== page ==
Gbenga Adebiyi is a freelance writer and coach with 5+ years of experience. Through his twitter threads, online classes, and offline workshops, he trains students from countries across Africa to become competent freelancers.
On Thursday afternoon last week, Jeremiah Ajayi had a virtual interview with Gbenga Adebiyi. In the conversation, Gbenga shared a bit of his freelance-life story.
How did your freelance journey begin?
I started freelancing in 2015. I was at a seminar where Paradigm Initiative shared a flier advertising online jobs. I collected the flier and shared it with my friends who I thought would be interested.
A while after, I asked them about it and realized they didn’t follow up. Out of curiosity, I wanted to know what an online job would feel like. So I registered for and attended a remote work masterclass where I learnt about digital work. It grew from there – I joined Upwork, and that’s how my freelance writing journey started.
What have your major challenges on this journey been?
There are general setbacks Nigerian freelancers expect and experience, and I am not an exception. Erratic power supply and internet access issues have caused me to delay the submission of certain clients’ jobs, which is not good for business.
On a more personal side, I once worked on a $100 writing job, and I didn’t get paid. The client received the work and ghosted me. Then I didn’t know the difference between good and bad clients.
What steps have you taken to make your skills valuable?
One of the steps I’ve taken is to research the most in-demand skills related to my specialization, which is writing. I check for jobs in the business writing and research space and study the skills required through online courses.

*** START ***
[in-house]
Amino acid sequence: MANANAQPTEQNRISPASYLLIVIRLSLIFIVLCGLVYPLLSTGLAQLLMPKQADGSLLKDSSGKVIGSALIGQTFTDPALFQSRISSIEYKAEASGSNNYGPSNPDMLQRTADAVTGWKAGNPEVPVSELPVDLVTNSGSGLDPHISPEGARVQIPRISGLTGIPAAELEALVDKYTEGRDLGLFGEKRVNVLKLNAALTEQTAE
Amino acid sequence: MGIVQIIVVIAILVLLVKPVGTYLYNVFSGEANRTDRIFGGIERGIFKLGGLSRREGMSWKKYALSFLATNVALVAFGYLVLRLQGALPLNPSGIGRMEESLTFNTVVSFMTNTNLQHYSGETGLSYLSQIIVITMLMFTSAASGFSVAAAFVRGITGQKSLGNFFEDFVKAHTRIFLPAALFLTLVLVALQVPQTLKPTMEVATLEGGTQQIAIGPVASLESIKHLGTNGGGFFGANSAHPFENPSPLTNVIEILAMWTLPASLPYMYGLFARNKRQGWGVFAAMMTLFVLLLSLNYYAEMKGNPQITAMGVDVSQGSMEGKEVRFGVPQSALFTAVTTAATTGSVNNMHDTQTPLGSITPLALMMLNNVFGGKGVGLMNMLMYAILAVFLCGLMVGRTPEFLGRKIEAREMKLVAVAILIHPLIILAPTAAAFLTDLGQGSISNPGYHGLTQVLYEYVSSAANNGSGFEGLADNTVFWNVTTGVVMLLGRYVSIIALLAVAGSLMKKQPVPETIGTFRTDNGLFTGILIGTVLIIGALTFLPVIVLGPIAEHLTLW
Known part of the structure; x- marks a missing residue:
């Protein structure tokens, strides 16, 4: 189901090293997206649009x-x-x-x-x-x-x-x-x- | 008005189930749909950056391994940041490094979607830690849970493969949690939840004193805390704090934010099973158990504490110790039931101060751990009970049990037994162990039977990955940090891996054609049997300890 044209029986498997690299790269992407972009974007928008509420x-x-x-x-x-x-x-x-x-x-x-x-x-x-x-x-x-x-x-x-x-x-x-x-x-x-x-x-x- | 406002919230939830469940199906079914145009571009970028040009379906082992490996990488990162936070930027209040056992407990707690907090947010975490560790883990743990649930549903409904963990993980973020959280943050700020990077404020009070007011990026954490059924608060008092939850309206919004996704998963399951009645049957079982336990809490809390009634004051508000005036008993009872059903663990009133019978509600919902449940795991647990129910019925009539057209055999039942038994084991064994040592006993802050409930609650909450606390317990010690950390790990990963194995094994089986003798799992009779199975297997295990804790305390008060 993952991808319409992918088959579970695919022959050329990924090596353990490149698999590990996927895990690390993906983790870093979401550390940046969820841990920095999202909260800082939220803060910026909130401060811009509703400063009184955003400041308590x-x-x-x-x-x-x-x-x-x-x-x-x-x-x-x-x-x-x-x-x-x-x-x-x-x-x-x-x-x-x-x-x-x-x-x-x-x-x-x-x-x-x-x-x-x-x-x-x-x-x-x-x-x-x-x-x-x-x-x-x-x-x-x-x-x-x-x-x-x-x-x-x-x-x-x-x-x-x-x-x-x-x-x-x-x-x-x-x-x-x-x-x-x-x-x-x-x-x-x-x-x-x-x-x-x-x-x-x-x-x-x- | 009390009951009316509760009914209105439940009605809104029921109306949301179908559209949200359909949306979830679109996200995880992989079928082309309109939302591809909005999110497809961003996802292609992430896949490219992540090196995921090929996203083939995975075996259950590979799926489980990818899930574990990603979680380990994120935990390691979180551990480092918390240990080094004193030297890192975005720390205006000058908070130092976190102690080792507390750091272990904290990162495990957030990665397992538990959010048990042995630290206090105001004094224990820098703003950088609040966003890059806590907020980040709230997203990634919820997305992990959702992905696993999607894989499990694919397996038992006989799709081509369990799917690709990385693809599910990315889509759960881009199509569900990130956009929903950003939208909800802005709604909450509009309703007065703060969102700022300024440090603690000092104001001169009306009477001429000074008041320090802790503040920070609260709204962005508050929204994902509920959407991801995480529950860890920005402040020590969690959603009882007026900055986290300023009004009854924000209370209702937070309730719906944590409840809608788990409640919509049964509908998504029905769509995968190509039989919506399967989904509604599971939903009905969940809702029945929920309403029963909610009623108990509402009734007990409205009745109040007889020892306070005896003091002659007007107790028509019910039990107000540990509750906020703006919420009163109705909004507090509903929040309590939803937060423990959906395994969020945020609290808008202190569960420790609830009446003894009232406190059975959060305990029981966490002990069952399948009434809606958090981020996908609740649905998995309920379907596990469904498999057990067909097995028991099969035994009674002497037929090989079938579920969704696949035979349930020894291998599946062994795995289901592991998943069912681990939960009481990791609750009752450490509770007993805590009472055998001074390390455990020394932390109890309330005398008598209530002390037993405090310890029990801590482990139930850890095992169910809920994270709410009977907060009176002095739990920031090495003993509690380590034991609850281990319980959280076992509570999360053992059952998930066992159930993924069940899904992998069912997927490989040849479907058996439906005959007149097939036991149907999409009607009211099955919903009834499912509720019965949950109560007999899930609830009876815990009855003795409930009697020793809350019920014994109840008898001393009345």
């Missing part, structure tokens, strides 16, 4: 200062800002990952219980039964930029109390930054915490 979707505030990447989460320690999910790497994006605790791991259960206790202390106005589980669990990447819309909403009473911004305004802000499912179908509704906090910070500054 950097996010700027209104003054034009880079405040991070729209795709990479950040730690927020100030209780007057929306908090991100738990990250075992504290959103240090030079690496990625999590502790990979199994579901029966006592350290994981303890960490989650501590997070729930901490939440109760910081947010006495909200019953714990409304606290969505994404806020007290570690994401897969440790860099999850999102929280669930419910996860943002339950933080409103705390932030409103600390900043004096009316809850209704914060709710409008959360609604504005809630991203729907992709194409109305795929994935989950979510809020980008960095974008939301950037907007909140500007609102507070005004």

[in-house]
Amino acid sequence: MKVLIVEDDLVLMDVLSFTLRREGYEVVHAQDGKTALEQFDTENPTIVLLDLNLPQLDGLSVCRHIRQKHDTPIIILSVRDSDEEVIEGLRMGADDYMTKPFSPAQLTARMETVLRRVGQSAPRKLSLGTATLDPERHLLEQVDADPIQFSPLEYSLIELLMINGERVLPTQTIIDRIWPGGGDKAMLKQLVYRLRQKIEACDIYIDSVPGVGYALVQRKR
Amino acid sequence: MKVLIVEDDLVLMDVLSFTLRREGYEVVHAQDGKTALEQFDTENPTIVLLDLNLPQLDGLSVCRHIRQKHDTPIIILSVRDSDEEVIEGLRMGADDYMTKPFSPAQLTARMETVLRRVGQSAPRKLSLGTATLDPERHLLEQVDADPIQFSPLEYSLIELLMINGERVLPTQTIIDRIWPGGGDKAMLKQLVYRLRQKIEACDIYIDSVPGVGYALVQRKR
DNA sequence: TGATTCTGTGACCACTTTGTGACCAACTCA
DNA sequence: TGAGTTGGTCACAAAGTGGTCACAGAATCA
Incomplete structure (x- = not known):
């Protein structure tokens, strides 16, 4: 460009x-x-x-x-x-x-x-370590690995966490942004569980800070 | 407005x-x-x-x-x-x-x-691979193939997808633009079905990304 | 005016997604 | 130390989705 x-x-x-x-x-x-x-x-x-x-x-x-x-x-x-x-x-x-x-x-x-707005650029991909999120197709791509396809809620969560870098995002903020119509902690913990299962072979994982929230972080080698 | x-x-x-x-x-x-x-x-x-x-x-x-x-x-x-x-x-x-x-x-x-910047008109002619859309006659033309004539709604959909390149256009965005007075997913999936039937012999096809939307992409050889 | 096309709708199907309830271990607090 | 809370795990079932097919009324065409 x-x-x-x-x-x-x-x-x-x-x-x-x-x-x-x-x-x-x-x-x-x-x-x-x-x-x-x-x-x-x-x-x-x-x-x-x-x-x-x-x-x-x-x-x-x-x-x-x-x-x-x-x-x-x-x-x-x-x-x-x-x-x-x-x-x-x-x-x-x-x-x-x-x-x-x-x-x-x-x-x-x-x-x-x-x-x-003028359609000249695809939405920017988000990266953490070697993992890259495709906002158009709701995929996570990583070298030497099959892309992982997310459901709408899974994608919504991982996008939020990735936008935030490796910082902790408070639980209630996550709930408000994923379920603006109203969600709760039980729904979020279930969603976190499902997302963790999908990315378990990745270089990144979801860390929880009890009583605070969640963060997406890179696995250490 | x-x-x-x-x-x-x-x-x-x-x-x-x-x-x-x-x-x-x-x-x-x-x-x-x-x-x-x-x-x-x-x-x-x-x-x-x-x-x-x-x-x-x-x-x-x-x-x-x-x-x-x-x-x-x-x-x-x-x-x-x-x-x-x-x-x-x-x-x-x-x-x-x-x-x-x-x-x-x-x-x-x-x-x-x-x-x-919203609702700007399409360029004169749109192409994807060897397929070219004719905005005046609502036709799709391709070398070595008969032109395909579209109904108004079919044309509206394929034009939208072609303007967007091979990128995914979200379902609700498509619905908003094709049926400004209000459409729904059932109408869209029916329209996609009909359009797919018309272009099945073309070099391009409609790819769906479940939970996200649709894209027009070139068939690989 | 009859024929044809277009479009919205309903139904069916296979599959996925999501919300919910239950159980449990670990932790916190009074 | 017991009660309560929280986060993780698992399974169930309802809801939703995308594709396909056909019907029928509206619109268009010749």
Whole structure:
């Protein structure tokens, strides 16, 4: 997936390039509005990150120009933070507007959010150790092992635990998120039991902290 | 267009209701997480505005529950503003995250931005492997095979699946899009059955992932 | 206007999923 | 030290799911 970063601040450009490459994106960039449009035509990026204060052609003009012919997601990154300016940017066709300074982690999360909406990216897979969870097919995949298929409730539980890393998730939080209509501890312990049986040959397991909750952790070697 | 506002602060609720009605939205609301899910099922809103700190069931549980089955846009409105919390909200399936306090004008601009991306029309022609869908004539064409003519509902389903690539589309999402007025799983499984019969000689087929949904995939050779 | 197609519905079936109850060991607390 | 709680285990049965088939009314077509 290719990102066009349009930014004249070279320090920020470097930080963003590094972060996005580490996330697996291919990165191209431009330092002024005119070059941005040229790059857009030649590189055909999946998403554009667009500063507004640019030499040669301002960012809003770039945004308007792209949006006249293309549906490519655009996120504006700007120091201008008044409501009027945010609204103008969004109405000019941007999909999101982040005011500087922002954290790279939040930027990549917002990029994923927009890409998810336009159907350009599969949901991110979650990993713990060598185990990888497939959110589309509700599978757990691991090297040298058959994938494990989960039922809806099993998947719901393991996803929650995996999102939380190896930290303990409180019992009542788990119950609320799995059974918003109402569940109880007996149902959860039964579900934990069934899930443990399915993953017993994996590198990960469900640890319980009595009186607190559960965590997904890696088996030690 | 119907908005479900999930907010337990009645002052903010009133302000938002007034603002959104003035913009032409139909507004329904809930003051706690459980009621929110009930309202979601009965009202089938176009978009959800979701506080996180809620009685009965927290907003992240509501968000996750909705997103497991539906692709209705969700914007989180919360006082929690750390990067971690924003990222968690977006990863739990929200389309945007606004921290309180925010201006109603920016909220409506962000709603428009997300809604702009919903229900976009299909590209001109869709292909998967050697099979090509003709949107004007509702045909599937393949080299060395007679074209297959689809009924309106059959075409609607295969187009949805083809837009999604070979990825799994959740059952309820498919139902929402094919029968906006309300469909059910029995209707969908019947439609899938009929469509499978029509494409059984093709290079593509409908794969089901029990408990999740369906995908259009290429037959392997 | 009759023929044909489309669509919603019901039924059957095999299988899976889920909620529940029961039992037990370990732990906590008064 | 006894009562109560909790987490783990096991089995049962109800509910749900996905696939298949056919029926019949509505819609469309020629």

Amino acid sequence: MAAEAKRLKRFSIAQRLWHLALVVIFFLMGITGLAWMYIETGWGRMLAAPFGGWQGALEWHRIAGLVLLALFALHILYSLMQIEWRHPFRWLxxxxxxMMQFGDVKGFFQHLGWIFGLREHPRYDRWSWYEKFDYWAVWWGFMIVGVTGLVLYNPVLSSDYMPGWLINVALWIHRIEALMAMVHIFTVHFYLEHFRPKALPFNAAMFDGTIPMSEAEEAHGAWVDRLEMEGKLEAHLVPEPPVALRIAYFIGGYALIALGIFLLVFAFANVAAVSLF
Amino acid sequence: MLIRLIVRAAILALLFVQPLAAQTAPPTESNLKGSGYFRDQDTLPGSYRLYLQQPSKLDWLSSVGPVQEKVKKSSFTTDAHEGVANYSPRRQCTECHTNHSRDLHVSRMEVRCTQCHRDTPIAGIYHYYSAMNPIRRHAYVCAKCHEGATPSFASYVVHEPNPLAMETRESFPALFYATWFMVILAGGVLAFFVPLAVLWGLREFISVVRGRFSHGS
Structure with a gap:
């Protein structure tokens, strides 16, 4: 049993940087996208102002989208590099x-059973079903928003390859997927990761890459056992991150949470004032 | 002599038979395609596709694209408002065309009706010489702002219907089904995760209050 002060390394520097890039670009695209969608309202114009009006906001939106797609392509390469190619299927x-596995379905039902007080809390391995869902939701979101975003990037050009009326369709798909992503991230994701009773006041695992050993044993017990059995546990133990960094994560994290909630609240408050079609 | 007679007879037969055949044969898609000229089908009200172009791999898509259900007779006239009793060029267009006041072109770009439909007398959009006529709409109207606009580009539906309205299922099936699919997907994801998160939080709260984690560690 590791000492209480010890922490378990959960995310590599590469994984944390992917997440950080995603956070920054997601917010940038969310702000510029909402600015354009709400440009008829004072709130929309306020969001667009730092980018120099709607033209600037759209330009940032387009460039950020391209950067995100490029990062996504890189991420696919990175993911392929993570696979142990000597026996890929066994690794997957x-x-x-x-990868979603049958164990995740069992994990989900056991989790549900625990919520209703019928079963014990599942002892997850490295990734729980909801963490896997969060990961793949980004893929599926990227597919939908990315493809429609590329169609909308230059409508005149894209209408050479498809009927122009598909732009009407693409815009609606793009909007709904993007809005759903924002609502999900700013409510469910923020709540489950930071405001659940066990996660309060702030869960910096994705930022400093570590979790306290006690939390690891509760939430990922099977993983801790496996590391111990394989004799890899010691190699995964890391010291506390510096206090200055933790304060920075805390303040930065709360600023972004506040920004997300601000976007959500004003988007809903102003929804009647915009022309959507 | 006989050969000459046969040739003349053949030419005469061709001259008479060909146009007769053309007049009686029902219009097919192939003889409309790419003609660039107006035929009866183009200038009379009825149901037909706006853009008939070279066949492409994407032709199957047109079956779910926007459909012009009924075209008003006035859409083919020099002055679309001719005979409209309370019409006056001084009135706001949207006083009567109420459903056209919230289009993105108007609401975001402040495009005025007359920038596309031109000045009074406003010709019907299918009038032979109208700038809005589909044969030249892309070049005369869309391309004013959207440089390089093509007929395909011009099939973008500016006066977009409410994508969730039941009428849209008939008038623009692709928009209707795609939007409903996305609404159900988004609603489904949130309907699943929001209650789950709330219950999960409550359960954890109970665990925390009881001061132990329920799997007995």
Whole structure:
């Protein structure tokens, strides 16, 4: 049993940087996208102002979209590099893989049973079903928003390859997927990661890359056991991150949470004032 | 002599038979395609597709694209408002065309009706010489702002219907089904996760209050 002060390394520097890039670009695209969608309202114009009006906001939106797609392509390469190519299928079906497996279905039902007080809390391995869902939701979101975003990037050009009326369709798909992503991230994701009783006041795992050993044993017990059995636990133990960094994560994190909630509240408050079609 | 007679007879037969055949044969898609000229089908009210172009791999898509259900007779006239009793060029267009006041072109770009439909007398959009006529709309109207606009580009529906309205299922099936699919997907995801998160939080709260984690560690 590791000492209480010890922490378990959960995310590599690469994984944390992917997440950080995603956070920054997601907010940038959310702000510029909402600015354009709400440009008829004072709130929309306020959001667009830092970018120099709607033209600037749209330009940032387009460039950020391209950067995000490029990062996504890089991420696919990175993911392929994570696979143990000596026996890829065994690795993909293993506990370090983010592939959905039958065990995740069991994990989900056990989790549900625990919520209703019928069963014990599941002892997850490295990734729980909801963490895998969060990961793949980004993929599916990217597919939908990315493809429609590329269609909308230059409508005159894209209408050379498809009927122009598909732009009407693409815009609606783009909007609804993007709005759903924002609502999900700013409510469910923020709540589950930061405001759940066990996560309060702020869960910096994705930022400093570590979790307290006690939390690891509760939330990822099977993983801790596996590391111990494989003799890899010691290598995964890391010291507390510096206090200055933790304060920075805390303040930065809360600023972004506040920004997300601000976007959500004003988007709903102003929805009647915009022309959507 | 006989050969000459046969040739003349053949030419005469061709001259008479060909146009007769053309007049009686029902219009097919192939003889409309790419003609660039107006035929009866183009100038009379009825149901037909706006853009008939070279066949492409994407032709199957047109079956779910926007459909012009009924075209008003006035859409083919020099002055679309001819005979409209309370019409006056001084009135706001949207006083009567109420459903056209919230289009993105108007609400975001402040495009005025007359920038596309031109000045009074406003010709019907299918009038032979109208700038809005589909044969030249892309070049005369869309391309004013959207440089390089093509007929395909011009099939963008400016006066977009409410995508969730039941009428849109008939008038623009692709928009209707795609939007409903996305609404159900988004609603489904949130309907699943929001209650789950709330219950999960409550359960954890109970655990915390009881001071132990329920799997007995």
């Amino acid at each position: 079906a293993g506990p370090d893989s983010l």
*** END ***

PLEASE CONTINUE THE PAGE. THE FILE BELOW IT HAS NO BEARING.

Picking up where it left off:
For instance, in the writing industry, SEO writers and copywriters are in high demand. If I want to remain a profitable freelance writer, I should learn SEO techniques and copywriting to become highly valuable in my niche.
You spend time teaching other freelancers. Why do you do it?
I’m passionate about helping people, seeing them smile and succeed. I mean, when we look around us, it’s gloomy. In Nigeria, unemployment is at an all-time high. This keeps me passionate about ensuring human capital development. Because when we develop human capital, people become more productive. When they are productive, they can support themselves and other people around them.
Training people to become freelancers is part of human capital development. Luckily, these things come easy to me – solving challenges of the average freelancer. Whenever I examine certain freelancer challenges, I already know the solutions to such problems.
In your opinion, what constitutes a good freelance writing job?
A good freelance writing job is one where you learn as you go. It is a job with a client who understands your value and pays what you are worth.
Whatever you do, know that clients will want to see your samples. Your samples determine whether your clients want to work with you or not.
If you could advise your younger self as a newbie freelancer, what advice would it be?
Follow mentors or people who are well ahead of you. In my first month, I had no guidance. So I was winging it. But even then, because of my innate curiosity, I did a lot of research on Google, read a lot, and got my first business writing job in about three weeks.
But everything turned around when I had access to someone who was doing multiple jobs on Upwork. His guidance changed my direction.
So if I’m going to advise my younger self, this is what I would tell him: you can’t do it on your own, follow people who have done it before, let them train and teach you.
Do you have any tips regarding building a personal brand around your work and networking with new clients?
When networking and building your brand, you need to ensure:
- You deliver quality work
- You find ways to solve your clients’ pain points
- You protect your reputation at all cost
- You deliver quality consistently
These four tips will build your reputation. You want your clients to always come back to offer you more work, so give them a reason to say, “wow!” Always go the extra mile and beyond.